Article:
Many people do not develop any symptoms when they first become infected with HIV. Some people, however, get flu-like illness within three to six weeks after exposure to the virus. This illness, called Acute HIV Syndrome may include fever, headache, tiredness, nausea, diarrhea and enlarged lymph nodes. These symptoms usually disappear within a week to a month and are often mistaken for another viral infection. During this period, virus in the body abounds and spreads to different parts, particularly to lymphoid tissue. At this stage, the infected person is more likely to pass the infection to others.
More severe symptoms may not surface for several years, even a decade or more after the first entry of the virus or within two years in children born with the virus. Some people may begin to have symptoms as soon as a few months while others may be symptom-free for more than 10 years. During the “asymptomatic” period, the virus will be actively multiplying, infecting, and killing cells of the immune system. The following symptoms may appear in the infected person:
- Lack of energy.
- Weight loss.
- Frequent fevers and sweats.
- A thick, whitish coating on the tongue or mouth that is caused by a yeast infection and sometimes accompanied by a sore throat.
- Severe or recurring vaginal yeast infections.
- Chronic pelvic inflammatory disease or severe and frequent infections like Herpes zoster.
- Periods of extreme and unexplained fatigue that may be combined with headaches, lightheadedness or dizziness.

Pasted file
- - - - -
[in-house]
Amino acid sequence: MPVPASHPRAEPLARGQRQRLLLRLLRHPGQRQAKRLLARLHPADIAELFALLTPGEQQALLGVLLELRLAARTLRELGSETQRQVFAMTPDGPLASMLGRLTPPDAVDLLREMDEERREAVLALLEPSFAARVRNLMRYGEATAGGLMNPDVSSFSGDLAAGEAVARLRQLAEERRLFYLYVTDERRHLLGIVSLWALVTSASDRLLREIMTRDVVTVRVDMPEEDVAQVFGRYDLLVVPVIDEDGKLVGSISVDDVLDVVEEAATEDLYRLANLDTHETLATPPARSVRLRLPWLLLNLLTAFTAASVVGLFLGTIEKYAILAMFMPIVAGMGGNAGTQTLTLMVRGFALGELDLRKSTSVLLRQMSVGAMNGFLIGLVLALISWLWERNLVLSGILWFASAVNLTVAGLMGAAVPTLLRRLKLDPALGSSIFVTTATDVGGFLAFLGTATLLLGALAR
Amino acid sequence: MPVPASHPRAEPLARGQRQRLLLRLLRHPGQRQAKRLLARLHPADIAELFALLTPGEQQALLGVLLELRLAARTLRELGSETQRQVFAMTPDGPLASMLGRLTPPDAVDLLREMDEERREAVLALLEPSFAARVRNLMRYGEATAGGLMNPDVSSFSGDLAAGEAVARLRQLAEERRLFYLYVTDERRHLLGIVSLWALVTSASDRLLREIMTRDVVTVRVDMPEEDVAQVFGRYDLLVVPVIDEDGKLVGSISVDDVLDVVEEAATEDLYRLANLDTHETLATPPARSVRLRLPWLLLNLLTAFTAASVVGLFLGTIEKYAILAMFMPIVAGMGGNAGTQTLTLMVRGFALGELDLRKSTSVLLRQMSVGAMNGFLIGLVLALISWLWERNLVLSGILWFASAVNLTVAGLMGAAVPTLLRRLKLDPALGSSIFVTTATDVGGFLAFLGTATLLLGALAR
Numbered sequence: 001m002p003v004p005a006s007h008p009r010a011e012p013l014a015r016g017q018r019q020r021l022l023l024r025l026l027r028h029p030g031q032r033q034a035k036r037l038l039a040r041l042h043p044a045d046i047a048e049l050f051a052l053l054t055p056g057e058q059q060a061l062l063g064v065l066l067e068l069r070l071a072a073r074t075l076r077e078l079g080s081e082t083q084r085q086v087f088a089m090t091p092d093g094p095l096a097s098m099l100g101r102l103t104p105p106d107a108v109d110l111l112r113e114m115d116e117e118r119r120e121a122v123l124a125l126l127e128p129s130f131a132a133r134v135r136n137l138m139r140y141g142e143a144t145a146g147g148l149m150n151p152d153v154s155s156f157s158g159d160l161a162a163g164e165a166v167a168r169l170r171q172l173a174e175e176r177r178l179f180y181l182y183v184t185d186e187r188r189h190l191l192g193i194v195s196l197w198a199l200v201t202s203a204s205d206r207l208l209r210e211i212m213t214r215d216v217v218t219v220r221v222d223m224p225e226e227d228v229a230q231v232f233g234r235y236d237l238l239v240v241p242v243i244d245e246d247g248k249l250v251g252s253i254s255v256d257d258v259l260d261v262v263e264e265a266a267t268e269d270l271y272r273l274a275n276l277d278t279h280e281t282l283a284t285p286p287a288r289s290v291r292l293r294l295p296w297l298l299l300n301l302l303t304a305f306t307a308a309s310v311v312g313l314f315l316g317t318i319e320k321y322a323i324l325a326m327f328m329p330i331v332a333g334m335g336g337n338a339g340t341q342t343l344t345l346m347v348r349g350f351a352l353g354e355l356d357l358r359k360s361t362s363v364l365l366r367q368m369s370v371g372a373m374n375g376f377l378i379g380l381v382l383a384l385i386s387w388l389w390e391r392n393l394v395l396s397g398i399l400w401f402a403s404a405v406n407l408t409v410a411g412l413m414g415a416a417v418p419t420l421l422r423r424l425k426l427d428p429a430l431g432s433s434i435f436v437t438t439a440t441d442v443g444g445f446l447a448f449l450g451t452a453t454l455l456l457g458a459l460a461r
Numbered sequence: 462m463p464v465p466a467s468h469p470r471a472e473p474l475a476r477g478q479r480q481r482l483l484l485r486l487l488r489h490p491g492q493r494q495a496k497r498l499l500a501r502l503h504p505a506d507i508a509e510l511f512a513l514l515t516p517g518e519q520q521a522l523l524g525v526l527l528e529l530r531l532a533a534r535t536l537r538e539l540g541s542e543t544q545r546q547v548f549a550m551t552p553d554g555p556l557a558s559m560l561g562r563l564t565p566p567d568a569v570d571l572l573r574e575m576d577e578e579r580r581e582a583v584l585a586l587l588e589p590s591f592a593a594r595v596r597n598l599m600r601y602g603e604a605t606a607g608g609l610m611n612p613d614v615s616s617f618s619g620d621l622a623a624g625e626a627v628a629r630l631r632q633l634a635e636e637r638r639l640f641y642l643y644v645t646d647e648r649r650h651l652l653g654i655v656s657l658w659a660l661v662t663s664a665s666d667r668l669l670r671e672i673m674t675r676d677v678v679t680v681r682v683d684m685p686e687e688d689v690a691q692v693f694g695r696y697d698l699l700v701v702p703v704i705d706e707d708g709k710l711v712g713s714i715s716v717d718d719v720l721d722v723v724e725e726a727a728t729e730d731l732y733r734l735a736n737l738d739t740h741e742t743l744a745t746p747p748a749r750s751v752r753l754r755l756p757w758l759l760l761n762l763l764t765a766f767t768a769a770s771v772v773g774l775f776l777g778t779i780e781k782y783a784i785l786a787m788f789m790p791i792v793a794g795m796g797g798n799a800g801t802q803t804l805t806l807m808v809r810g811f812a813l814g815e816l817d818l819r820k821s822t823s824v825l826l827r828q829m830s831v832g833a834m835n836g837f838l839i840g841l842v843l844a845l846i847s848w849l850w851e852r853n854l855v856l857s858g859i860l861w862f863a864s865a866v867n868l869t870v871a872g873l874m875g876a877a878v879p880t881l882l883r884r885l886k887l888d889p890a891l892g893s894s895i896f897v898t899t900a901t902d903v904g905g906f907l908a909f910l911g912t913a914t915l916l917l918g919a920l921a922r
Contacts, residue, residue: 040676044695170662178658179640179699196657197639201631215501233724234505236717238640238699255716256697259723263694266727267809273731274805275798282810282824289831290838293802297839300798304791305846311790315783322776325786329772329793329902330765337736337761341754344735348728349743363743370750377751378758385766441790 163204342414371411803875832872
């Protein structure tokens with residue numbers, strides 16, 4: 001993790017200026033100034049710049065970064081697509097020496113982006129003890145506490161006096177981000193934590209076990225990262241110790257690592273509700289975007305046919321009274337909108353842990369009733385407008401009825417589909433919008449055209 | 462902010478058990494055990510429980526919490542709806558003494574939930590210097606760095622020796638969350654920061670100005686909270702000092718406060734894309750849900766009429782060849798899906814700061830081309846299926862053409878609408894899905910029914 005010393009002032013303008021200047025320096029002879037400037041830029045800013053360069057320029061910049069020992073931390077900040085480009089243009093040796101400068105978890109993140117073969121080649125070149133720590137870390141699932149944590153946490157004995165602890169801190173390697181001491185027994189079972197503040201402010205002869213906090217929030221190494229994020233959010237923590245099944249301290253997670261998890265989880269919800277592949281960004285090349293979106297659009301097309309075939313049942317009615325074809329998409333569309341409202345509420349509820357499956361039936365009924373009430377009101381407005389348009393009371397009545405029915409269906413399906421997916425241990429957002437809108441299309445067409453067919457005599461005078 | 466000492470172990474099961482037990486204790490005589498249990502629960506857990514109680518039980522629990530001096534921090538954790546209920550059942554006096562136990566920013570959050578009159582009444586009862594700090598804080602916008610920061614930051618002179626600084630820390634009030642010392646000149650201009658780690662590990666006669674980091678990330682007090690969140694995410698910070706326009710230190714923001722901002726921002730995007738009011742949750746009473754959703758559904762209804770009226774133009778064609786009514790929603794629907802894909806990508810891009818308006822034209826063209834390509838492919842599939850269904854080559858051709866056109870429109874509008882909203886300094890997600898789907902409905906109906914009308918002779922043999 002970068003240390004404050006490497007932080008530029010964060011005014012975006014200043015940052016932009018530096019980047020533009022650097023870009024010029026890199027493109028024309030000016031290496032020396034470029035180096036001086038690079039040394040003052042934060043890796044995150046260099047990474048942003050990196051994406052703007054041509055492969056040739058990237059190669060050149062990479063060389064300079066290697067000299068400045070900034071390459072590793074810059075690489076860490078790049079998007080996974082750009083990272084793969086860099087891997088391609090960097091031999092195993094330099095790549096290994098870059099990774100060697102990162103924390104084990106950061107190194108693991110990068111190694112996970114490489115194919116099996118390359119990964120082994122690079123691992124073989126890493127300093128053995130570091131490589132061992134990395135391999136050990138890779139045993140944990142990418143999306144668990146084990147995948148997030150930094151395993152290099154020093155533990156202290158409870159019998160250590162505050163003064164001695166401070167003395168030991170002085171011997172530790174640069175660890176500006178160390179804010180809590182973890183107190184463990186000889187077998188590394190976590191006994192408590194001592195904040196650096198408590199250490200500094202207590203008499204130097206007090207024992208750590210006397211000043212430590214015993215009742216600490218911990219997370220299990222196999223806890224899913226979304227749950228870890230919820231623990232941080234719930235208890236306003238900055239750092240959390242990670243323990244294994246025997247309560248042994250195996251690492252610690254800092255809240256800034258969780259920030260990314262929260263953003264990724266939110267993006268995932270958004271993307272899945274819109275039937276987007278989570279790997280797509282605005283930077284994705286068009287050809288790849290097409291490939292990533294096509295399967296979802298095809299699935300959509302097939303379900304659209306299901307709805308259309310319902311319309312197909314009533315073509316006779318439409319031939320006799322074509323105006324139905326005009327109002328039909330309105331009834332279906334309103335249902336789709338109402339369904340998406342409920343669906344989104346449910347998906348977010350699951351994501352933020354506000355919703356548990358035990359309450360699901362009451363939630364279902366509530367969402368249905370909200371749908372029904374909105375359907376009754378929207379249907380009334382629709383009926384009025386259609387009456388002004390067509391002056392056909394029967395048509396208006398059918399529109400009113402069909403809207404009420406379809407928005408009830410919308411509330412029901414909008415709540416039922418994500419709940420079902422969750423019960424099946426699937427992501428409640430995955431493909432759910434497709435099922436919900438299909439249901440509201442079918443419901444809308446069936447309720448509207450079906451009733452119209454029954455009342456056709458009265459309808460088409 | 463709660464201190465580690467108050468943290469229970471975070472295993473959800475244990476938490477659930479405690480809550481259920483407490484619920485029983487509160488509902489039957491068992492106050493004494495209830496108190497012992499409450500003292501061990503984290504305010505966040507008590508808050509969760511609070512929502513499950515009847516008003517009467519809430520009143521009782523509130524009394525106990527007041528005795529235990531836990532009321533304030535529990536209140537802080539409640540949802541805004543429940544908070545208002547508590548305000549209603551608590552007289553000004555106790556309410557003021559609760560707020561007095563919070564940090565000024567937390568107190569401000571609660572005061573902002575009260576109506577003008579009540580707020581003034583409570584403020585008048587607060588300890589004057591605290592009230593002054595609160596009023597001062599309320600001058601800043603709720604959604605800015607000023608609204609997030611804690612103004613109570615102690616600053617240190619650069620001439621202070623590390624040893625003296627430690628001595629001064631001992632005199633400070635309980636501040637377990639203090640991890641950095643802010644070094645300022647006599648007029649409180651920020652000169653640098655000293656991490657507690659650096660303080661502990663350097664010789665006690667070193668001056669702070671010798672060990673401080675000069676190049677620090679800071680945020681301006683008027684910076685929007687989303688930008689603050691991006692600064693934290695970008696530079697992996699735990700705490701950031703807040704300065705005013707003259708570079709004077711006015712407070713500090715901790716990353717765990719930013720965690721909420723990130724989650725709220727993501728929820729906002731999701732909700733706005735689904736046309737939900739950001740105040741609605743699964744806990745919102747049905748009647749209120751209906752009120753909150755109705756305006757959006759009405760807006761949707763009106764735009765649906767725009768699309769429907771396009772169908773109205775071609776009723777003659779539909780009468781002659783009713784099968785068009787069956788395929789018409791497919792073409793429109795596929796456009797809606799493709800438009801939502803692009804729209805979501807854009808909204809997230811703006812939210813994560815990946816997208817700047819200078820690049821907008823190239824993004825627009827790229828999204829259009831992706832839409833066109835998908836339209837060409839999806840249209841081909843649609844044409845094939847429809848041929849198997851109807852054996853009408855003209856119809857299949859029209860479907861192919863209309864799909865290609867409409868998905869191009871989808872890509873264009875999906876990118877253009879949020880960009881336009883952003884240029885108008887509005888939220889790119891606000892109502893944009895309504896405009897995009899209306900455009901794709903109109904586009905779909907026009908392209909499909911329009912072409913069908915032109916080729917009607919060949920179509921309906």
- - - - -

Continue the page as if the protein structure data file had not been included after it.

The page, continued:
- Rapid loss of weight that is not due to increased physical exercise or dieting.
- Bruising more easily than normal.
- Long-lasting bouts of diarrhea.
- Swelling or hardening of glands located in the throat, armpit or groin.
- Periods of continued, deep and dry coughing.
- Increasing shortness of breath.
- The appearance of discolored or purplish growths on the skin or inside the mouth.
- Unexplained bleeding from skin mucous membranes or from any opening in the body.
- Recurring and unusual skin rashes.
- Severe numbness or pain in the hands or feet, loss of muscle control and reflex and paralysis or loss of muscular strength.
- An altered state of consciousness, personality change or mental deterioration.
- Children's growth may be slow or they may fall sick frequently. HIV positive persons are also found to be more vulnerable to cancers.
Although most of the symptoms of HIV infection are similar in men and women, some are more typical of females. For example: Vaginal yeast infections may be chronic, more severe and difficult to treat in women with HIV infection than in healthy women.